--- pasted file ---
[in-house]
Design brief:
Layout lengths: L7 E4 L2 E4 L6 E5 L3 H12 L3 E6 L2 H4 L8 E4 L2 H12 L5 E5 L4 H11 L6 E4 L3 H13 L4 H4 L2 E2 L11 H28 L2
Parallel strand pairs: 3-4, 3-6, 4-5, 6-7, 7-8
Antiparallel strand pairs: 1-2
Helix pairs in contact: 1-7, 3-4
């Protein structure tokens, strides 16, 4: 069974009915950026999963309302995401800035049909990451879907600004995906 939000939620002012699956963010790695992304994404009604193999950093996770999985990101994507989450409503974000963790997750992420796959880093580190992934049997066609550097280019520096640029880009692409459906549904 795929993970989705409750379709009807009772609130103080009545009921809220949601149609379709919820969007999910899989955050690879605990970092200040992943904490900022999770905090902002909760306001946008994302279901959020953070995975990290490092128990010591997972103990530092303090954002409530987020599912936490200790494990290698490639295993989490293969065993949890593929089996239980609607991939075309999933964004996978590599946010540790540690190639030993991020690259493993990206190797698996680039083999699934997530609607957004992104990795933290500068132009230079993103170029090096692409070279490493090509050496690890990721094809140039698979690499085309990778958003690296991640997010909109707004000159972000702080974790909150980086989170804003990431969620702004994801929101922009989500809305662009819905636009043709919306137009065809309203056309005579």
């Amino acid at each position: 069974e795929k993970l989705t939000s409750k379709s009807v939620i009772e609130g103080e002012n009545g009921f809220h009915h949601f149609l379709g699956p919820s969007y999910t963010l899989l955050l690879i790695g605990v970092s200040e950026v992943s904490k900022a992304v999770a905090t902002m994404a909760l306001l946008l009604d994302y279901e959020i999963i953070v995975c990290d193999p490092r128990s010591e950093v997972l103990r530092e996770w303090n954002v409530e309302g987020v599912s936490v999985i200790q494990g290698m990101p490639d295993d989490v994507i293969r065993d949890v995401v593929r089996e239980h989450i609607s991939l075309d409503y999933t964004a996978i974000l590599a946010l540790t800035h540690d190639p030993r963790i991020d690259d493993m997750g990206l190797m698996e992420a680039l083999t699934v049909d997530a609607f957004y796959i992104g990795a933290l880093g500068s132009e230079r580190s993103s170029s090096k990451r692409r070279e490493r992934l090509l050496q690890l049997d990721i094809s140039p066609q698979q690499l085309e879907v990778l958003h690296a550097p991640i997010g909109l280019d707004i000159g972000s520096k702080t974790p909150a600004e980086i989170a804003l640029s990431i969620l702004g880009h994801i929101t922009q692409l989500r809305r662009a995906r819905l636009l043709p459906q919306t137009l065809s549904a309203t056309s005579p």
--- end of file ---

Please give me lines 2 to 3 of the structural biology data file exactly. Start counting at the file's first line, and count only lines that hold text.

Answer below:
Design brief:
Layout lengths: L7 E4 L2 E4 L6 E5 L3 H12 L3 E6 L2 H4 L8 E4 L2 H12 L5 E5 L4 H11 L6 E4 L3 H13 L4 H4 L2 E2 L11 H28 L2